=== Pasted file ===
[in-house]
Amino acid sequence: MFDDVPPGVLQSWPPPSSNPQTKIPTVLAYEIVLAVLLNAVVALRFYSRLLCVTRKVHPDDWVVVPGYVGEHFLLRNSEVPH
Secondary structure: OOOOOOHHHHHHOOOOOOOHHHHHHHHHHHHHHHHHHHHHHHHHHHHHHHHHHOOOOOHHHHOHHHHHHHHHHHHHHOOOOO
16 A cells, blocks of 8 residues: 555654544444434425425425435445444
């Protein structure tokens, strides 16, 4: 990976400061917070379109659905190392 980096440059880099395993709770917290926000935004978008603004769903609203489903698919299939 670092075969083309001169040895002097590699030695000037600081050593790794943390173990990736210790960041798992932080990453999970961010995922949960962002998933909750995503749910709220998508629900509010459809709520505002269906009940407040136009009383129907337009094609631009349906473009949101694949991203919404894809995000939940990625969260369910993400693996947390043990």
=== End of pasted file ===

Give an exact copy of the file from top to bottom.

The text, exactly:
[in-house]
Amino acid sequence: MFDDVPPGVLQSWPPPSSNPQTKIPTVLAYEIVLAVLLNAVVALRFYSRLLCVTRKVHPDDWVVVPGYVGEHFLLRNSEVPH
Secondary structure: OOOOOOHHHHHHOOOOOOOHHHHHHHHHHHHHHHHHHHHHHHHHHHHHHHHHHOOOOOHHHHOHHHHHHHHHHHHHHOOOOO
16 A cells, blocks of 8 residues: 555654544444434425425425435445444
């Protein structure tokens, strides 16, 4: 990976400061917070379109659905190392 980096440059880099395993709770917290926000935004978008603004769903609203489903698919299939 670092075969083309001169040895002097590699030695000037600081050593790794943390173990990736210790960041798992932080990453999970961010995922949960962002998933909750995503749910709220998508629900509010459809709520505002269906009940407040136009009383129907337009094609631009349906473009949101694949991203919404894809995000939940990625969260369910993400693996947390043990």